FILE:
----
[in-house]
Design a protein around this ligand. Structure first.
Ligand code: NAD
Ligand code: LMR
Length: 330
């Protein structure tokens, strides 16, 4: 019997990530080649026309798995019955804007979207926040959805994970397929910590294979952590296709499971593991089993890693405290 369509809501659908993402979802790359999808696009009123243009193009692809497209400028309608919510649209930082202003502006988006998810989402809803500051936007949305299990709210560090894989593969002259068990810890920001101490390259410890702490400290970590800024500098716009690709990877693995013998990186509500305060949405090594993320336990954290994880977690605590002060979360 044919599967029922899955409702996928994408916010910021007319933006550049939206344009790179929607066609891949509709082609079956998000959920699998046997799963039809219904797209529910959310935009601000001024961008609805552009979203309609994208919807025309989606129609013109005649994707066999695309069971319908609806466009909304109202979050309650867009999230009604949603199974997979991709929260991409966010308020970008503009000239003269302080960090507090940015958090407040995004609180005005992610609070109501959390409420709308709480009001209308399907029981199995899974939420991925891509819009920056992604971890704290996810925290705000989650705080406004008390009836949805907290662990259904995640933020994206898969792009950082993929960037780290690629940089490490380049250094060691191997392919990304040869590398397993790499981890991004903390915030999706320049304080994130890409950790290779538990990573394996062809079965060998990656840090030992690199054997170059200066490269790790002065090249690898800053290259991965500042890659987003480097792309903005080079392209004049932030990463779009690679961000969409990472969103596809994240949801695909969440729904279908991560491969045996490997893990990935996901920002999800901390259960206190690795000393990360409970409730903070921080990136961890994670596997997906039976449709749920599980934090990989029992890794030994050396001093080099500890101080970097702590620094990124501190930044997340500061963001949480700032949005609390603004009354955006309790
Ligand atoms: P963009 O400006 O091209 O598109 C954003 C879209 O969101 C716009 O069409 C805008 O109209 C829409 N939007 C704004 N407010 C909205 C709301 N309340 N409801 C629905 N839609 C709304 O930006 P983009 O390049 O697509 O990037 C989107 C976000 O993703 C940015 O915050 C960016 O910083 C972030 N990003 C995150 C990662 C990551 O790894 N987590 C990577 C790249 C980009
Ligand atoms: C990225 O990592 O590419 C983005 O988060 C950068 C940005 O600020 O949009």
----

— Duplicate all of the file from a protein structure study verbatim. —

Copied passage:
[in-house]
Design a protein around this ligand. Structure first.
Ligand code: NAD
Ligand code: LMR
Length: 330
């Protein structure tokens, strides 16, 4: 019997990530080649026309798995019955804007979207926040959805994970397929910590294979952590296709499971593991089993890693405290 369509809501659908993402979802790359999808696009009123243009193009692809497209400028309608919510649209930082202003502006988006998810989402809803500051936007949305299990709210560090894989593969002259068990810890920001101490390259410890702490400290970590800024500098716009690709990877693995013998990186509500305060949405090594993320336990954290994880977690605590002060979360 044919599967029922899955409702996928994408916010910021007319933006550049939206344009790179929607066609891949509709082609079956998000959920699998046997799963039809219904797209529910959310935009601000001024961008609805552009979203309609994208919807025309989606129609013109005649994707066999695309069971319908609806466009909304109202979050309650867009999230009604949603199974997979991709929260991409966010308020970008503009000239003269302080960090507090940015958090407040995004609180005005992610609070109501959390409420709308709480009001209308399907029981199995899974939420991925891509819009920056992604971890704290996810925290705000989650705080406004008390009836949805907290662990259904995640933020994206898969792009950082993929960037780290690629940089490490380049250094060691191997392919990304040869590398397993790499981890991004903390915030999706320049304080994130890409950790290779538990990573394996062809079965060998990656840090030992690199054997170059200066490269790790002065090249690898800053290259991965500042890659987003480097792309903005080079392209004049932030990463779009690679961000969409990472969103596809994240949801695909969440729904279908991560491969045996490997893990990935996901920002999800901390259960206190690795000393990360409970409730903070921080990136961890994670596997997906039976449709749920599980934090990989029992890794030994050396001093080099500890101080970097702590620094990124501190930044997340500061963001949480700032949005609390603004009354955006309790
Ligand atoms: P963009 O400006 O091209 O598109 C954003 C879209 O969101 C716009 O069409 C805008 O109209 C829409 N939007 C704004 N407010 C909205 C709301 N309340 N409801 C629905 N839609 C709304 O930006 P983009 O390049 O697509 O990037 C989107 C976000 O993703 C940015 O915050 C960016 O910083 C972030 N990003 C995150 C990662 C990551 O790894 N987590 C990577 C790249 C980009
Ligand atoms: C990225 O990592 O590419 C983005 O988060 C950068 C940005 O600020 O949009």